The Internet provides worldwide communication capability and access to a vast amount of information. It is also a source of misinformation and attacks on computers. In this course, students learn about popular Internet tools and applications. Students will develop information literacy skills for searching for and evaluating information on the Internet, and will learn to protect their computers and themselves from security threats, hoaxes, and scams. The course introduces business, legal, and intellectual property issues as they pertain to the Internet. Students will learn how to create web pages using HTML. Familiarity with a computer, file management skills, and touch typing are strongly recommended for success in this course. Credit will only be granted for one of the following: CMSY-126 or CMSY-129.
1. Identify and use a variety of appropriate digital technologies to collaborate and communicate with diverse
audiences while investigating, creating, and completing tasks.
2. Describe underlying Internet technologies: how they work, what we do with them, where they came from,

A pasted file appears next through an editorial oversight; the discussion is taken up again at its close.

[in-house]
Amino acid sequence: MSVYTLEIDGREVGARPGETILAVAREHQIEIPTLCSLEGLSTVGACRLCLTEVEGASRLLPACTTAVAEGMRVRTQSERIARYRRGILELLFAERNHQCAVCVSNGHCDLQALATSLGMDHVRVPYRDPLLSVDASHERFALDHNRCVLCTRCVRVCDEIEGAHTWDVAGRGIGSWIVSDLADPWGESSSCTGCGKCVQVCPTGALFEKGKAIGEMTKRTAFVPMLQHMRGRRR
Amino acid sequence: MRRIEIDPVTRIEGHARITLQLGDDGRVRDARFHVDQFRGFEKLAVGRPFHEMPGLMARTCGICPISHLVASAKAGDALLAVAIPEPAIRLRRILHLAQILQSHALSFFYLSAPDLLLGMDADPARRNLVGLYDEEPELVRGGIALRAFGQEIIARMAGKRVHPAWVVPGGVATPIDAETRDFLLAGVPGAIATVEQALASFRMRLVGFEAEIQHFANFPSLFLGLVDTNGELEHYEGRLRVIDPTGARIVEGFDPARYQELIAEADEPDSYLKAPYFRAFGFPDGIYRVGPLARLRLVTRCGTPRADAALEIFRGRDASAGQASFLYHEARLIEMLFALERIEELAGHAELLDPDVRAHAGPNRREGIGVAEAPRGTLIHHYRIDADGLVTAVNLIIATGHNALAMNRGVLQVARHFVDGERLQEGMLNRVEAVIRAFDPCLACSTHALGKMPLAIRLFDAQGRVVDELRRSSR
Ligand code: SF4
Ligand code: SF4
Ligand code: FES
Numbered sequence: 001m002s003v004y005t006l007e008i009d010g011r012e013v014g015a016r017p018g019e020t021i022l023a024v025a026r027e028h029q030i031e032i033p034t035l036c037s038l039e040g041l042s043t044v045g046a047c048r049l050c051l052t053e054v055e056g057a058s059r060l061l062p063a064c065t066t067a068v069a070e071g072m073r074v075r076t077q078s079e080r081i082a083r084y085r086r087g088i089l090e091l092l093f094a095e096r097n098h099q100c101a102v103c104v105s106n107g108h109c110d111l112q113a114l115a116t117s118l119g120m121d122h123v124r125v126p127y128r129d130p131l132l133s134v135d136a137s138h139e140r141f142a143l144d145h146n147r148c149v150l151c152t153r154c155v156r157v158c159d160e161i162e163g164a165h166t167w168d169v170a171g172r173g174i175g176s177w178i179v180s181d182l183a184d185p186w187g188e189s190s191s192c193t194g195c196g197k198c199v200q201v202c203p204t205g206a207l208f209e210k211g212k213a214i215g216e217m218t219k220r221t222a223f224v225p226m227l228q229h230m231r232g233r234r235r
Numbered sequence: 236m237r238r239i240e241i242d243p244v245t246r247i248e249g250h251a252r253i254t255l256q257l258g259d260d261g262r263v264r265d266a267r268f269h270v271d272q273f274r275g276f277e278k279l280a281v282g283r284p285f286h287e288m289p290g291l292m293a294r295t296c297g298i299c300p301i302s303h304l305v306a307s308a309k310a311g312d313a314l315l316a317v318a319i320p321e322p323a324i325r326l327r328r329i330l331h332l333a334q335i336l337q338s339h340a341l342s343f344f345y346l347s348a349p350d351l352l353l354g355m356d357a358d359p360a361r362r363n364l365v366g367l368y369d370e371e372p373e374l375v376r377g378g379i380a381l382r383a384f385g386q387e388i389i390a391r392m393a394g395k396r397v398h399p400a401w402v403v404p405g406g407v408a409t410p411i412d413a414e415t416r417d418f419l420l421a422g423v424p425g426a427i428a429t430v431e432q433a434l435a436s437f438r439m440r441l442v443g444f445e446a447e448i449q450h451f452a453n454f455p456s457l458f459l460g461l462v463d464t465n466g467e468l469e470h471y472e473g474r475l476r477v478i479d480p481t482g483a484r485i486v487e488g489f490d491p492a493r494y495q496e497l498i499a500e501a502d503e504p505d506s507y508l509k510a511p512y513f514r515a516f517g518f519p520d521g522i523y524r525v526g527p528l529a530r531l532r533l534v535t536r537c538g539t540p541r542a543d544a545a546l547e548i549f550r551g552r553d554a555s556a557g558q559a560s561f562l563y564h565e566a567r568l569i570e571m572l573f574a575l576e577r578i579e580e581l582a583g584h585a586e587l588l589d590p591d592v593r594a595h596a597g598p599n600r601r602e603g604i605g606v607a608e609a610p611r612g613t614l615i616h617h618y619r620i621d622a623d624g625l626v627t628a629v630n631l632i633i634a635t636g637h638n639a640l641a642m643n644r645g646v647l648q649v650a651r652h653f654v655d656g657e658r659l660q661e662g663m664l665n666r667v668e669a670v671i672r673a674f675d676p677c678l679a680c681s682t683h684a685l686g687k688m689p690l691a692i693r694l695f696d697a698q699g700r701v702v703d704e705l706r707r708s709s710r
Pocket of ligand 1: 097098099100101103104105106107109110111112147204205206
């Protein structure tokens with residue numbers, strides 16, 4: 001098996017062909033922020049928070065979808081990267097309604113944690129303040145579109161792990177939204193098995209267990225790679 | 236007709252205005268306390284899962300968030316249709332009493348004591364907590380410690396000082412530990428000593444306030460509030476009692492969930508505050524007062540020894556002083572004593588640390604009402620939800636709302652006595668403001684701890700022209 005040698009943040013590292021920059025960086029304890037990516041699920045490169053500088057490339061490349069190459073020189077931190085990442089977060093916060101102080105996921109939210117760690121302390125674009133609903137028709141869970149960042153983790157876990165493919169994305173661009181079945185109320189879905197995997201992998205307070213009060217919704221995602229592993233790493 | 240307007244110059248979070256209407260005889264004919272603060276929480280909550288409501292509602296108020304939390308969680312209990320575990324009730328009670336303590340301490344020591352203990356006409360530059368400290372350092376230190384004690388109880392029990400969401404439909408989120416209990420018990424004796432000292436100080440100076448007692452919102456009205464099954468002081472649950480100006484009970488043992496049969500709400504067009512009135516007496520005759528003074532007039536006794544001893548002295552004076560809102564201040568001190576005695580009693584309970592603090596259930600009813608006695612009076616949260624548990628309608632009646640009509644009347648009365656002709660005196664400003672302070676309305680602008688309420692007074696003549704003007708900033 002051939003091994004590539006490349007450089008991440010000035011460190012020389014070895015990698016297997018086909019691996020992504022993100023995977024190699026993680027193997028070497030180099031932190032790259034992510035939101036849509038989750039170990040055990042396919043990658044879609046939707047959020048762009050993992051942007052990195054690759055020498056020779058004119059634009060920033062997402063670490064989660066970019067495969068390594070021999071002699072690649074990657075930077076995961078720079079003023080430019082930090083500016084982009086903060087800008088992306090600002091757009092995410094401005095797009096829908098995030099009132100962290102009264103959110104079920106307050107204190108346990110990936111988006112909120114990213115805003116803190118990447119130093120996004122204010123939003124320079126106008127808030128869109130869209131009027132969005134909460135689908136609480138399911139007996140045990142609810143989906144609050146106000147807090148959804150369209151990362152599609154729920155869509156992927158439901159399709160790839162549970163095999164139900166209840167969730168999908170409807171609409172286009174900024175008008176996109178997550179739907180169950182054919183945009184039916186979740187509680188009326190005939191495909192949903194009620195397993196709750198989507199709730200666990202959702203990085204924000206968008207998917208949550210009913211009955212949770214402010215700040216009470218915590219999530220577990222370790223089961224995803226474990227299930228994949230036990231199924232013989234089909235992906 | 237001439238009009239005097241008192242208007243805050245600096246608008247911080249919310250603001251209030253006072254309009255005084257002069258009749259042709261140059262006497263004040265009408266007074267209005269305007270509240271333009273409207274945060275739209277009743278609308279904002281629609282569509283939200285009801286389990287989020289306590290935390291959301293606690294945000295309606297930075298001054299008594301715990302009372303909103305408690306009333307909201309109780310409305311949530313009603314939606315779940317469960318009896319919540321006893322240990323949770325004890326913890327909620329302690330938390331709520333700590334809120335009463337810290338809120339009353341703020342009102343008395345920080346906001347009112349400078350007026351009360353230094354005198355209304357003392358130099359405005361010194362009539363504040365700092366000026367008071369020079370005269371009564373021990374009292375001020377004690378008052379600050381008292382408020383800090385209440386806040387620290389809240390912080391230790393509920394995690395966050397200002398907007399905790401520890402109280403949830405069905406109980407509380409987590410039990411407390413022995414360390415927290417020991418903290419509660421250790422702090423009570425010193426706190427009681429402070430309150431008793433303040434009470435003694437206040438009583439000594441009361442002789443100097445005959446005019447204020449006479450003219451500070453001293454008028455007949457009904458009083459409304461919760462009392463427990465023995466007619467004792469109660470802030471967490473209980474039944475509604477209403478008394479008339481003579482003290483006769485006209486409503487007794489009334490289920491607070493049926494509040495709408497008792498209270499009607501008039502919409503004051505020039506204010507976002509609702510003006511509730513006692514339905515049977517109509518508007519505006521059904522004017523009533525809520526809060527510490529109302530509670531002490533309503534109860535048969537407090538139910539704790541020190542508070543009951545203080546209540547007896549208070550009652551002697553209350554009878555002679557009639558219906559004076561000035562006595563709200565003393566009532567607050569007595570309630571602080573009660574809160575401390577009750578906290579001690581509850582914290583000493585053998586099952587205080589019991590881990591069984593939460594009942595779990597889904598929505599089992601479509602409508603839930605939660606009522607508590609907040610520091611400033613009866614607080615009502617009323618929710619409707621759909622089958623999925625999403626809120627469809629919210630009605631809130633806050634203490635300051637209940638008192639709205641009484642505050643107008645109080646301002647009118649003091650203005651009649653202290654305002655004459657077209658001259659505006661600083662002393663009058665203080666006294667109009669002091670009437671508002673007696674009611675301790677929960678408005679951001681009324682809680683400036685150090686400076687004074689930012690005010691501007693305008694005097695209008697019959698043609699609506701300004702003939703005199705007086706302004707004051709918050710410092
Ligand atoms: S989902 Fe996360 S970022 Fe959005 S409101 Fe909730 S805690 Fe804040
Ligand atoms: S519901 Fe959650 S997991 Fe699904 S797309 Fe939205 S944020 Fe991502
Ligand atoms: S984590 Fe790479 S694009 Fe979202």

and what they are likely to be in the future, considering the global economic, political, environmental,
aesthetic, or social perspectives.
3. Describe the Internet search process and differentiate between the various Internet search tools and online
research alternatives to search tools, and perform effective, efficient searches.
4. Use objective criteria to evaluate the quality of the information found on the Internet (information literacy).
5. Identify major security threats, from personal to global, when using the Internet and how to protect personal
information and privacy online, considering the culture and values of oneself and others.
6. Analyze the way the Internet has changed how business is conducted around the world, on a local and a
global scale, by exploring worldviews and considering the interconnectedness from an economic, political,
environmental, or social perspective.
7. Discuss and demonstrate an understanding of intellectual property in the context of various world views and
the digital interconnectedness that the digital age creates, including the concepts of copyright, censorship,
and plagiarism, and identify when it is acceptable to copy, borrow, or refer to information online.
8. Discuss digital ethics across multiple perspectives, within and across cultures, including the issues of legal
regulation, morality, social responsibility (e.g., accessibility, “green” computing, and the Digital Divide), and
responsibilities of professionals who use computers as part of their jobs.
9. Learn basic HTML standards and utilize basic HTML for creating and editing web pages.